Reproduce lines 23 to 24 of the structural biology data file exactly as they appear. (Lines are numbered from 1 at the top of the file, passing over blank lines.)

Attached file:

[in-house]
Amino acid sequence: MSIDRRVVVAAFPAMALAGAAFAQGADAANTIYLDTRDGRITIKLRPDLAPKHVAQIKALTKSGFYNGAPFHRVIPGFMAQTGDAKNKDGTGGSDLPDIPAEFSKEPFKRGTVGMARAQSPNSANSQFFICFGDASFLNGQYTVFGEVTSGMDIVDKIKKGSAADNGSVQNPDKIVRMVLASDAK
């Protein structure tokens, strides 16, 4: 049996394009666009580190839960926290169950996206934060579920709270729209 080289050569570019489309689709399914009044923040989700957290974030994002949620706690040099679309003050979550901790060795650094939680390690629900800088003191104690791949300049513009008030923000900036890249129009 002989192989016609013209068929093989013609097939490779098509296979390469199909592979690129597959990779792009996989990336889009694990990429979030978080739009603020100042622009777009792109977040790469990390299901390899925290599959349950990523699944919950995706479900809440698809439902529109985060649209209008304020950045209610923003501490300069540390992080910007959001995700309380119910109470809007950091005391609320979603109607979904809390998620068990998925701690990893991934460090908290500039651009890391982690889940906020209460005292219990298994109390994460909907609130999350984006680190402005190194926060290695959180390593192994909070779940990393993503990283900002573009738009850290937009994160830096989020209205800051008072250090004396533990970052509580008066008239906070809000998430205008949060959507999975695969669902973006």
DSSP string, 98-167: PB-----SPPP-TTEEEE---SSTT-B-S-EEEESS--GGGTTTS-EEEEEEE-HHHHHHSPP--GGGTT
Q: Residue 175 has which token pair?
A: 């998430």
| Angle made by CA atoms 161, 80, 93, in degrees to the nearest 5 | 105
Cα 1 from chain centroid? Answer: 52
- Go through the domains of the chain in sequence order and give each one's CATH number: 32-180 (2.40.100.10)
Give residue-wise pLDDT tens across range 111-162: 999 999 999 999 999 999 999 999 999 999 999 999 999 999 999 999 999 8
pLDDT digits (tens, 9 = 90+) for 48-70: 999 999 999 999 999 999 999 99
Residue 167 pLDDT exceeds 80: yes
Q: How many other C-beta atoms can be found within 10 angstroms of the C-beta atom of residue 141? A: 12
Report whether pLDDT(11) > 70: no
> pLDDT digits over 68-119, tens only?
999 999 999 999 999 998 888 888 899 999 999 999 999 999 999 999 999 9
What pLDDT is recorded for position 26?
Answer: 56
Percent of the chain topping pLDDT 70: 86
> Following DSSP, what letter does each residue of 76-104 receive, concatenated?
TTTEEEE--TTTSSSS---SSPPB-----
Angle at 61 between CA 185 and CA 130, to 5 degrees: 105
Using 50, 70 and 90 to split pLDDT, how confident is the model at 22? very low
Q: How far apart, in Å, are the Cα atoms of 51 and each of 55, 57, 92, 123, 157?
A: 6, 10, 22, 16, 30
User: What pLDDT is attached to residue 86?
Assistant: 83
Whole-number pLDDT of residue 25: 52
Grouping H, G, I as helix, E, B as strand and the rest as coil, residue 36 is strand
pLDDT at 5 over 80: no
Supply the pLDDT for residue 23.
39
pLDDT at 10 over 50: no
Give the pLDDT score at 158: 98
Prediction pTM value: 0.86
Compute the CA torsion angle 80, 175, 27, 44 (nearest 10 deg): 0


Using 50, 70 and 90 to split pLDDT, how confident is the model at 22? very low
Q: How far apart, in Å, are the Cα atoms of 51 and each of 55, 57, 92, 123, 157?